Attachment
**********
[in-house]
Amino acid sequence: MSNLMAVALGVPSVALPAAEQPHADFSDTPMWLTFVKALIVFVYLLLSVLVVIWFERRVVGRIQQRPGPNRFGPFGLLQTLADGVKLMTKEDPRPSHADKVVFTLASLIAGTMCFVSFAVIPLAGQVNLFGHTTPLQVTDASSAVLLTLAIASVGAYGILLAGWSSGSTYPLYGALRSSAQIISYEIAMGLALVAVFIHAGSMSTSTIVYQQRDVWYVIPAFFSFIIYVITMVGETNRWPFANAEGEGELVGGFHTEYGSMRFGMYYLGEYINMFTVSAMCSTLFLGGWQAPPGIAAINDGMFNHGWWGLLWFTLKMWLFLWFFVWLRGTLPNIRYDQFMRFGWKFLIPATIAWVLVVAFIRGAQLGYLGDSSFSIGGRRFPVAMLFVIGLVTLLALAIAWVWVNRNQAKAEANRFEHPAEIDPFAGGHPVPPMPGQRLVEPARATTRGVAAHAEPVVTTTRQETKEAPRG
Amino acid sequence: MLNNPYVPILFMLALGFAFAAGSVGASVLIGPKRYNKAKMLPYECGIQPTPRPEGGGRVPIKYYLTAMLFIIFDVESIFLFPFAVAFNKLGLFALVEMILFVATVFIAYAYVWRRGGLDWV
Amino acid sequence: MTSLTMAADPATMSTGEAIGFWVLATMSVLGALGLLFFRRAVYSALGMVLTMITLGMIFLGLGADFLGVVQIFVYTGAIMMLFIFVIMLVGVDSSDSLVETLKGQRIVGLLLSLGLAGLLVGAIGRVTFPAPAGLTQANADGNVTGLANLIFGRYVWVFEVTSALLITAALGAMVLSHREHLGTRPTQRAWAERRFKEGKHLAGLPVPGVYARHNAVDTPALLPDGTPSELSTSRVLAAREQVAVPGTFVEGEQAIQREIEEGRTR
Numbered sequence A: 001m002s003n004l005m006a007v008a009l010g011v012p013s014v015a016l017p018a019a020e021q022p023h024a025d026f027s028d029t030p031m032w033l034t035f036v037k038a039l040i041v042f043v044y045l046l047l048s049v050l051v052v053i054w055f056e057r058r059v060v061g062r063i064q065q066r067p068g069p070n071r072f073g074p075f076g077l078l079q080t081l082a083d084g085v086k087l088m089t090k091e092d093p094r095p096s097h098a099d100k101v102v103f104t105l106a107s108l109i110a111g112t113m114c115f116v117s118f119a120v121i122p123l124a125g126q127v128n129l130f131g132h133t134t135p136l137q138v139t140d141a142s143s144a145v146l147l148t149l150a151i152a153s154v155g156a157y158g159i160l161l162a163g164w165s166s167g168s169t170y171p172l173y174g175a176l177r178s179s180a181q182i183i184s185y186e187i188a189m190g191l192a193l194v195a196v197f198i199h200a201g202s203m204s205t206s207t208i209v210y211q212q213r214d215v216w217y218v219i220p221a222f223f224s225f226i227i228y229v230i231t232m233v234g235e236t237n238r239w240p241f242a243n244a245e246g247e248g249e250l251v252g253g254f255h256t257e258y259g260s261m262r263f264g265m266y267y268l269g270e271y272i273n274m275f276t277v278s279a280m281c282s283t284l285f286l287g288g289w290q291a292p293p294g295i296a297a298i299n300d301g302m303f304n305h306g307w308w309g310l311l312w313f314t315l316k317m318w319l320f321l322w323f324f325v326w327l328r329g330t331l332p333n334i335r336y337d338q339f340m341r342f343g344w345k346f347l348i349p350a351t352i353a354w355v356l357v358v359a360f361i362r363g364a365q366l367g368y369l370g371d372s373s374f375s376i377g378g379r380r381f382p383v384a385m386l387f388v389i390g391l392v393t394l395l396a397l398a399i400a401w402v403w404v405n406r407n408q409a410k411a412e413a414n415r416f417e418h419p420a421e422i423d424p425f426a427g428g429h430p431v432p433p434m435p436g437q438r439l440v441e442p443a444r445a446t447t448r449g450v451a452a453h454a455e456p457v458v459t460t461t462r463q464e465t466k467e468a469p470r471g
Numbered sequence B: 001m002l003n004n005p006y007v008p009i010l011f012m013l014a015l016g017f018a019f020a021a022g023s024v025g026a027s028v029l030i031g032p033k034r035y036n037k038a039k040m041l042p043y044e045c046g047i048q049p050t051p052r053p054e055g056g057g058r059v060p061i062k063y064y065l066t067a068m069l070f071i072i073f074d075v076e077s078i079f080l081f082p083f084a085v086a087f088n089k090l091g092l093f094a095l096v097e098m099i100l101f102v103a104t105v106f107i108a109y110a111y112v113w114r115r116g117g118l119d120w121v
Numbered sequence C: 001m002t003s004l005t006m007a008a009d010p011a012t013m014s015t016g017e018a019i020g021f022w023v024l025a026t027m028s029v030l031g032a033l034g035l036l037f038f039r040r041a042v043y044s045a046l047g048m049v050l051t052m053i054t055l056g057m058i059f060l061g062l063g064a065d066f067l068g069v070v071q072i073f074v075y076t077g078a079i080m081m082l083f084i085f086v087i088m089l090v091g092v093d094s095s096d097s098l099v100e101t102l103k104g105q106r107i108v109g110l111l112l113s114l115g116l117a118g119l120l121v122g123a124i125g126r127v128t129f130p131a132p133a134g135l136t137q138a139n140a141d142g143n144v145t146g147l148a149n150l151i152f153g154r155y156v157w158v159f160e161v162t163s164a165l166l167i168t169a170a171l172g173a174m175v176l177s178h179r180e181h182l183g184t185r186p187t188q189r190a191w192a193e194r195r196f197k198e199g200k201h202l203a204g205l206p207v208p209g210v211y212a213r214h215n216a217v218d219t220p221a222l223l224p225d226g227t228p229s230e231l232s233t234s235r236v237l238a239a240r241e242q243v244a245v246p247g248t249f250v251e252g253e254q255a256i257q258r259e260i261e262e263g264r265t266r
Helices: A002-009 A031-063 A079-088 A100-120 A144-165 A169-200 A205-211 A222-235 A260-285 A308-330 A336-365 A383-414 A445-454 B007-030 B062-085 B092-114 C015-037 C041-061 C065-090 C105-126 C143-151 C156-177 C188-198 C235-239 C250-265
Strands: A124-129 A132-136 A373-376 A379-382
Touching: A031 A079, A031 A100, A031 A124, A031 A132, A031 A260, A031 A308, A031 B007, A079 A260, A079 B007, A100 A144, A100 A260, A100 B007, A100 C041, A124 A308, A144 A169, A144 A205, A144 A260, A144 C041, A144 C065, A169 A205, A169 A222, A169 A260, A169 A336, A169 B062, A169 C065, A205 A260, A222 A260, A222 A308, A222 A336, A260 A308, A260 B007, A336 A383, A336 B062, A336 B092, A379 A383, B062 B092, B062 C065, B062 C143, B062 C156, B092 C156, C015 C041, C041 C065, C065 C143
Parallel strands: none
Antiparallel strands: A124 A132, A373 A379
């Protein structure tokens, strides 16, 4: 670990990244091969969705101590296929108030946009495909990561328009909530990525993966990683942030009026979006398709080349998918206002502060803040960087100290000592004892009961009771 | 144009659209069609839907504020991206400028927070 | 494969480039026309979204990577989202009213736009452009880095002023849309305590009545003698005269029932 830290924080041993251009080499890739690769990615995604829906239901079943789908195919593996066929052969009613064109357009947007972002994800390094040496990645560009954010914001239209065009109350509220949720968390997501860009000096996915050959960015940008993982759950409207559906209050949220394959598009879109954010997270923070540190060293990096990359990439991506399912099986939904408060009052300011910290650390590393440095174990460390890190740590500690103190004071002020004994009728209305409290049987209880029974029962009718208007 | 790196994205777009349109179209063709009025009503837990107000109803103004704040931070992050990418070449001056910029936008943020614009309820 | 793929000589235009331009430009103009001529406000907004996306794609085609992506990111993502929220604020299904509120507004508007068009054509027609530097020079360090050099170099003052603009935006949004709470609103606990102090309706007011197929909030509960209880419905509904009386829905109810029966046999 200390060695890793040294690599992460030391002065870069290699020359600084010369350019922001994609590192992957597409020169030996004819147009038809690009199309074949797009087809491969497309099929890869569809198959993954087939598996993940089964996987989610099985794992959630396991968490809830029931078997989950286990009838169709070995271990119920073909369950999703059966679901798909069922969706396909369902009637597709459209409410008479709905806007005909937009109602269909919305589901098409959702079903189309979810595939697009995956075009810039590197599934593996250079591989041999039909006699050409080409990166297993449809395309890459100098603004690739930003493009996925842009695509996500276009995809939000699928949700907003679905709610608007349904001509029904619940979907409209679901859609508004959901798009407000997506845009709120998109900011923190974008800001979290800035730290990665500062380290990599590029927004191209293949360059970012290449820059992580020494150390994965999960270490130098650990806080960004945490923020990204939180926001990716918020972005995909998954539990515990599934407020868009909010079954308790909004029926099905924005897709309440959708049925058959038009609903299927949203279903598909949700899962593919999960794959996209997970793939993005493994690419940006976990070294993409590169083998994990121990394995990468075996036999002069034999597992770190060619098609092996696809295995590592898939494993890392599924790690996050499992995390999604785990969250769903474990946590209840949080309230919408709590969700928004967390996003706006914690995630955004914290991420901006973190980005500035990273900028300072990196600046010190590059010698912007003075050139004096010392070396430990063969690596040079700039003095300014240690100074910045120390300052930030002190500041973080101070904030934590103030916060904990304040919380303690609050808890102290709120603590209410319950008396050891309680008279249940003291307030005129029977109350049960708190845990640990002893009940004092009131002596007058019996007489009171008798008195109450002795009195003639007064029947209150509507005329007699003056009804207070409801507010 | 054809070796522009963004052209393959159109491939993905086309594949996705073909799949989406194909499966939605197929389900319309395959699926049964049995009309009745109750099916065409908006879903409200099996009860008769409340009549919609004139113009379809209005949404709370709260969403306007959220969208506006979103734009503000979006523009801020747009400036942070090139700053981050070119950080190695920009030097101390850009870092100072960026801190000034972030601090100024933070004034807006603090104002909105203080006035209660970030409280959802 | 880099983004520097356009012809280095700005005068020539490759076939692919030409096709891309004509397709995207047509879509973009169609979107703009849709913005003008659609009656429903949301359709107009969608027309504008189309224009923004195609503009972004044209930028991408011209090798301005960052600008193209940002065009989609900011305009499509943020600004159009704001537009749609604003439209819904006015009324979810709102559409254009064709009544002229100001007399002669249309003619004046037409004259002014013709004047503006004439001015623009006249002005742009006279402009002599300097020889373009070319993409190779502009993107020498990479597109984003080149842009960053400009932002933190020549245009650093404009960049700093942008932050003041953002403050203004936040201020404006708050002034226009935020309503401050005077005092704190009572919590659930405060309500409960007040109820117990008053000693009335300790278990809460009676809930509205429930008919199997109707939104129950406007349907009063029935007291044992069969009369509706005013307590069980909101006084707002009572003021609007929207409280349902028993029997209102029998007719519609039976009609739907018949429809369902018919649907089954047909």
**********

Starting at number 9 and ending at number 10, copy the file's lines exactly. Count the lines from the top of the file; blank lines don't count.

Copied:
Strands: A124-129 A132-136 A373-376 A379-382
Touching: A031 A079, A031 A100, A031 A124, A031 A132, A031 A260, A031 A308, A031 B007, A079 A260, A079 B007, A100 A144, A100 A260, A100 B007, A100 C041, A124 A308, A144 A169, A144 A205, A144 A260, A144 C041, A144 C065, A169 A205, A169 A222, A169 A260, A169 A336, A169 B062, A169 C065, A205 A260, A222 A260, A222 A308, A222 A336, A260 A308, A260 B007, A336 A383, A336 B062, A336 B092, A379 A383, B062 B092, B062 C065, B062 C143, B062 C156, B092 C156, C015 C041, C041 C065, C065 C143